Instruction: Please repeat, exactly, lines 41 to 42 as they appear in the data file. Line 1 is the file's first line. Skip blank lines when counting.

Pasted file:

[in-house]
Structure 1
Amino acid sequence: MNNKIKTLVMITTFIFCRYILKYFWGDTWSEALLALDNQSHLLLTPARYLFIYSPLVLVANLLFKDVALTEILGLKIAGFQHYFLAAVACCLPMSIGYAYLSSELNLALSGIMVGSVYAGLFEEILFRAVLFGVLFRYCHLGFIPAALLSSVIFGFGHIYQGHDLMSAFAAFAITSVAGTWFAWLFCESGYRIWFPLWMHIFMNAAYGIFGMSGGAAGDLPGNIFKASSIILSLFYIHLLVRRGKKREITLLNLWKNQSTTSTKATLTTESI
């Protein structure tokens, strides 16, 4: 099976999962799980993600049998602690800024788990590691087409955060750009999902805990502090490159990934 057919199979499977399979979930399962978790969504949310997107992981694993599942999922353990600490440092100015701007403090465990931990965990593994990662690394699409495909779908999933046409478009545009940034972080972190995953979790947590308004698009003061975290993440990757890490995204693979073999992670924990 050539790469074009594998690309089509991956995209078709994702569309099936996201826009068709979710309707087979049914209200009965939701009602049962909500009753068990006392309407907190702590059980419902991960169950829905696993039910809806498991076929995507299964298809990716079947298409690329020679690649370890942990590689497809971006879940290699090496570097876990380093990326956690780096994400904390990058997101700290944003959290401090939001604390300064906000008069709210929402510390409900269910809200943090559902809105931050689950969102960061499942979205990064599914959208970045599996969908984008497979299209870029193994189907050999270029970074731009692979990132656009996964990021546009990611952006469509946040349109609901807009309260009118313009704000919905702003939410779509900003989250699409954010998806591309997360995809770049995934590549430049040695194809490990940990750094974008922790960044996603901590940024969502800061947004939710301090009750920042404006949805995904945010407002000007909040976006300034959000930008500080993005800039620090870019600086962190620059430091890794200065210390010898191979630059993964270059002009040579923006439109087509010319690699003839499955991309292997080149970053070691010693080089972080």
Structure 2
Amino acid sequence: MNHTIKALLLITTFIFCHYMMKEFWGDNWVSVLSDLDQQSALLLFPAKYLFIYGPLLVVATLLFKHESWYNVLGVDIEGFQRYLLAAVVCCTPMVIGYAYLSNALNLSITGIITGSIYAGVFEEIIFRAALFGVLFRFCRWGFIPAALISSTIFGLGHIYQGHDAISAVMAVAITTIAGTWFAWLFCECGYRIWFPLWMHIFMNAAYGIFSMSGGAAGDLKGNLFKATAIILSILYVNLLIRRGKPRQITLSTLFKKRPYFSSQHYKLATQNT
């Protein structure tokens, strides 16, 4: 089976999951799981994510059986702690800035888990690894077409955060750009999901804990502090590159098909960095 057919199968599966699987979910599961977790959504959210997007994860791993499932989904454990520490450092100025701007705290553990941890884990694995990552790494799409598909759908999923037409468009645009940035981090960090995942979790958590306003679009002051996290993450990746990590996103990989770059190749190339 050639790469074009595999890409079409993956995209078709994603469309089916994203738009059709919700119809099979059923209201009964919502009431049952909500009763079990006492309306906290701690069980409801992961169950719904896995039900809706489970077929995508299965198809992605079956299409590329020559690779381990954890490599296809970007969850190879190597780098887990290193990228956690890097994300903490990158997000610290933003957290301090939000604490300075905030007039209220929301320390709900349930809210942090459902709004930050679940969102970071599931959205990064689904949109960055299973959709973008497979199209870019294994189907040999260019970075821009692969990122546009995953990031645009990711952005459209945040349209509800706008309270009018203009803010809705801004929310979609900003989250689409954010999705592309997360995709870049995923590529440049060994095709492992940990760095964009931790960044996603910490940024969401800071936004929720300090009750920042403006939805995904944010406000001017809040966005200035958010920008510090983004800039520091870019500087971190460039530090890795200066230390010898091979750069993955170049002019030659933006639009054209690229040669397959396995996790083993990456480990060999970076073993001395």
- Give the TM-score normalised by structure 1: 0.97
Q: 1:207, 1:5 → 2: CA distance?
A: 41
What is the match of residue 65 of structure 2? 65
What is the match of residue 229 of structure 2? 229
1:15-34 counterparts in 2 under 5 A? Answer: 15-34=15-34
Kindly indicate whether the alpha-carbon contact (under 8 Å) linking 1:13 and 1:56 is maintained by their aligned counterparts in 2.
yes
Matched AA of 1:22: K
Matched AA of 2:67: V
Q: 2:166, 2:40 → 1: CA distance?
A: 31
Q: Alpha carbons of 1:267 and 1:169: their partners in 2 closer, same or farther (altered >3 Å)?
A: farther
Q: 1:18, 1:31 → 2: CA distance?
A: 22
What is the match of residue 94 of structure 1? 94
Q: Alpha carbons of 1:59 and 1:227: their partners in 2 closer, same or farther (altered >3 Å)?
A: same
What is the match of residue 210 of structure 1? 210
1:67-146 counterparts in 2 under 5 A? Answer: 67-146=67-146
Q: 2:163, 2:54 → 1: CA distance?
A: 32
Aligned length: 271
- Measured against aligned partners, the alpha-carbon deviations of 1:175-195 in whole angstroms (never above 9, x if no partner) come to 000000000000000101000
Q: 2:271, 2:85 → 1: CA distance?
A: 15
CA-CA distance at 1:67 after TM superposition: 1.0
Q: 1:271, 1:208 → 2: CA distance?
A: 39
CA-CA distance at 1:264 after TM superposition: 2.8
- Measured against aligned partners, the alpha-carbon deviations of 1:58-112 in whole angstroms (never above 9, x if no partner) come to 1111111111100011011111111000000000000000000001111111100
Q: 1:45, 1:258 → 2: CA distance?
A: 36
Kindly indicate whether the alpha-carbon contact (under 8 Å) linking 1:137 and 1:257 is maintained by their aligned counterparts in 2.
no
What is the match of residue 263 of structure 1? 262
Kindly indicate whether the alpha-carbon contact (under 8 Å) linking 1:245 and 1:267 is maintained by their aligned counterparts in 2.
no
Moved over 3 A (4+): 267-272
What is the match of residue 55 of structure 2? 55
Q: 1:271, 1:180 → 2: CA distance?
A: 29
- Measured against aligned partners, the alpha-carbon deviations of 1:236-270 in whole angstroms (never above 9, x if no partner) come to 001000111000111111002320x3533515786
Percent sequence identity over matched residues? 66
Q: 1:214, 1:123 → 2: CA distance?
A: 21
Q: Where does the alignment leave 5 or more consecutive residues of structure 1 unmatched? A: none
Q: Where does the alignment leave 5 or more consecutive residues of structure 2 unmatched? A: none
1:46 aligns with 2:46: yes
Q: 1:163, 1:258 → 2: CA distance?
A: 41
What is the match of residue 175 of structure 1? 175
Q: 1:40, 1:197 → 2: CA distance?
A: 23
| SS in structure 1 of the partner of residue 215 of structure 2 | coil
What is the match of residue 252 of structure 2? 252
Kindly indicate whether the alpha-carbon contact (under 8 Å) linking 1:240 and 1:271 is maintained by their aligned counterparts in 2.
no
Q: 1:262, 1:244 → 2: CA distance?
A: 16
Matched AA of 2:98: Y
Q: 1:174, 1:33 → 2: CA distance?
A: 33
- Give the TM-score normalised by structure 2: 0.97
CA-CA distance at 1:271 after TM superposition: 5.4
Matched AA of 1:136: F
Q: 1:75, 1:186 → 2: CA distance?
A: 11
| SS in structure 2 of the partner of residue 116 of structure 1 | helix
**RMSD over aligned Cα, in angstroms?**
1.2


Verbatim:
A: 36
Kindly indicate whether the alpha-carbon contact (under 8 Å) linking 1:137 and 1:257 is maintained by their aligned counterparts in 2.